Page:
I’m looking forward to Autumn now – although I miss the light terribly- it’s a time for squirrelling myself away and writing. Obviously Secret Severn work takes priority, and my goal is to get drafts done by Christmas. I’ll put them away for a while, then revisit and revise in the spring. I’ve got an urge to write stories again too, so I’m hoping to spend time with writing prompts and get some of these floating ideas down on paper. It’s a time of watching the garden fade and prepare itself for next year, reading all the things I’ve not got round to reading, and maybe watching a bit of Record Breakers*.

Thanks for doing such a great job last week, after my slightly awkward plea for interaction with my social media pages. If you’ve chance to do the same again that’s ace – plus I really love talking to you !

Click to read my published poetry or published flash fiction. You can read old drafts and work in progress by following the links on the menu.

*I’m probably not going to watch Record Breakers.

I submit…

Lots and lots of submissions sent today, it’s a funny mix of happy excitement (they might accept) and nervous negativity (they might not) but the good far outweighs the bad. Having work accepted for publication validates it somehow; it moves beyond just being liked by kind friends, and into something that is valued by people who want to sell their magazine or increase traffic to their blog. Having said that, the loveliest feedback is when someone takes time to get in touch to say how a poem moved them. Writing needs to be read, and knowing someone has felt some kind of resonance is the most precious thing.

Health has been frustratingly up and down…four days laid up last week but, thrill of thrills, I managed two outings with dear old friends last week, which lifted me and left me feeling warm and loved. Marvellous stuff. Exciting things are happening work-wise too, and I’m hoping to bring more news soon.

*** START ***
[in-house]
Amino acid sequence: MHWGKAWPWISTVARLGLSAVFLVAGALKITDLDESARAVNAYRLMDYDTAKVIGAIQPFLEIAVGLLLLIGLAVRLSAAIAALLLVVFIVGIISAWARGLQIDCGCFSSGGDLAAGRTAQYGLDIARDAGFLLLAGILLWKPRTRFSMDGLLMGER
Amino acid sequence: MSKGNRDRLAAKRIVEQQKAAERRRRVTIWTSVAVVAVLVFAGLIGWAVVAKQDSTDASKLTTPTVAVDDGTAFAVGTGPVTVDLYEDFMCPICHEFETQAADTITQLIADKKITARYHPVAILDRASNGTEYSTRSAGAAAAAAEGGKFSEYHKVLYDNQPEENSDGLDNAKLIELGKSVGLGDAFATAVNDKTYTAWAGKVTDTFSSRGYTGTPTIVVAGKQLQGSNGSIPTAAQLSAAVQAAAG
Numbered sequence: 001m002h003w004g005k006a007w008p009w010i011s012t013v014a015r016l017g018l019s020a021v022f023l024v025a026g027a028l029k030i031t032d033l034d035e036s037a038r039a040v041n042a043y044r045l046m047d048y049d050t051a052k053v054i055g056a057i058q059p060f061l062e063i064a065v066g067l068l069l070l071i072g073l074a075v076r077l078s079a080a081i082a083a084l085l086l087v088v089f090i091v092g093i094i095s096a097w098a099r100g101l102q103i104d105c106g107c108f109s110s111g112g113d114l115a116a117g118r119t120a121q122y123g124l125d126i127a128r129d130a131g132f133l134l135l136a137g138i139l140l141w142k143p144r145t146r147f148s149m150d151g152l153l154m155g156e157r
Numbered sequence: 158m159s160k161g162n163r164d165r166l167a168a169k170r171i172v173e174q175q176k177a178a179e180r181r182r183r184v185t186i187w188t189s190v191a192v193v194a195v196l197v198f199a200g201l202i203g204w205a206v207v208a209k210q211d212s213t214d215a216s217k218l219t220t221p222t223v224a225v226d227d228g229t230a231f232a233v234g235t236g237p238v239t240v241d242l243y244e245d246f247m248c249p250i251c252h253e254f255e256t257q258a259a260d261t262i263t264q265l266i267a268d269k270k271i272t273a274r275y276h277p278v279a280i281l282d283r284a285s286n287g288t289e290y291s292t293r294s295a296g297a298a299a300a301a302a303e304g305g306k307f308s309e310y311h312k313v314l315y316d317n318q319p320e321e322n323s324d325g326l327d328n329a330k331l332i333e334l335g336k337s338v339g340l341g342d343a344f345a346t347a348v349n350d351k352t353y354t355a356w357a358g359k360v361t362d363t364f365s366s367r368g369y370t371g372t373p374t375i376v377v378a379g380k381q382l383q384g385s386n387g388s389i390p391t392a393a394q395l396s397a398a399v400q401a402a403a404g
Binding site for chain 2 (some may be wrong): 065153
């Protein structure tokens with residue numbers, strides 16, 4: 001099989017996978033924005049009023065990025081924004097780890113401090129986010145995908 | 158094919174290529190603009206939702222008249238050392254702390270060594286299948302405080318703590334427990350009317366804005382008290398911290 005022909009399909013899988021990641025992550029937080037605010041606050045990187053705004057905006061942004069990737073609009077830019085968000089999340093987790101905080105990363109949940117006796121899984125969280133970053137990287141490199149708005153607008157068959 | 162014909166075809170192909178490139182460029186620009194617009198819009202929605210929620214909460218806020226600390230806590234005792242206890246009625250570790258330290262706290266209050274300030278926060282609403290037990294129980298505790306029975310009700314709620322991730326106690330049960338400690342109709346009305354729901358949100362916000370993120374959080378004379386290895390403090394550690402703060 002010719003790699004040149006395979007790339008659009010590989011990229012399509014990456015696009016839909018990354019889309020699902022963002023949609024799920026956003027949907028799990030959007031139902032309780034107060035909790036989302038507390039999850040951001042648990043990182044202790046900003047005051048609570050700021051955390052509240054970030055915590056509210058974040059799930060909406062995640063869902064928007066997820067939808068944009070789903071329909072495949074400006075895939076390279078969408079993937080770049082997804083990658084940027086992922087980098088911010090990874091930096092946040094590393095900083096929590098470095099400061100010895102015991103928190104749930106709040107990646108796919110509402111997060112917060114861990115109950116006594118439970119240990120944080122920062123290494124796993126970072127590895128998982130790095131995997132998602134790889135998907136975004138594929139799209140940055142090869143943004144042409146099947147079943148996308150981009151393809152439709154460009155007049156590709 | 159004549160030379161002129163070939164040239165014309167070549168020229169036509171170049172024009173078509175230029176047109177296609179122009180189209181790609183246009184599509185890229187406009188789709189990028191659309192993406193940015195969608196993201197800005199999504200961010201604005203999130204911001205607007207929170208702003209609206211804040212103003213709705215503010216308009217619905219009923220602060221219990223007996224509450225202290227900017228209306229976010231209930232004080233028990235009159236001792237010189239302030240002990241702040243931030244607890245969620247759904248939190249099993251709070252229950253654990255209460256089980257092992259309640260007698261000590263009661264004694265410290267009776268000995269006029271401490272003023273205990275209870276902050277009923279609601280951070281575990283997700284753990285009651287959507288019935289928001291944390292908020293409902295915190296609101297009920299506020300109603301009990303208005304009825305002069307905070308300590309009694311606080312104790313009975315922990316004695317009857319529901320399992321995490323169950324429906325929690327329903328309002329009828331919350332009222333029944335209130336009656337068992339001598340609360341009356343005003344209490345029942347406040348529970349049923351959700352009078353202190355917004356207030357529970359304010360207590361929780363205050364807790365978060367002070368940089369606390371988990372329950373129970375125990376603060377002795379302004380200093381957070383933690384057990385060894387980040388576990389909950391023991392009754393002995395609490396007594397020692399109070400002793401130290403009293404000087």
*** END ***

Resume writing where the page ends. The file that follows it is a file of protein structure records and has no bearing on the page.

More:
I’ve a couple more pieces to polish before sending off, then I’m going to knuckle back down to doing some actual writing. I have a fancy to write some short fiction again, so I’m at the germinating ideas stage which is always exciting.

The long and the short of it…

The long and the short of it…..

wp-1483975758664.jpgI’m on a longlist….for the uninitiated, that means a competition judge (in this case it was the Fish Publishing  Short Story prize) had read my submission, and put in their “read again” pile. It’s not as cool as being able to say “I won” or “I’m on the shortlist” but it is still a cool thing. For me it is further confirmation that I can do this, and encouragement to keep going. As well as my publication earlier this month, I’ve two more forthcoming publications, which makes me happy.  I still have the words of a friend

I’m not writing a great deal of new work at the moment. It’s not writers block or anything dramatic like that, quite simply I’m really, really tired. I’m learning that I have a great rush where all I think about is writing, reading, and listening, then suddenly it stops and I need to do other things, like gardening or just sitting with the cat before I can go into another phase of writing. I think every one has their own way of doing things, and old adages like “write every day” can’t be followed religiously.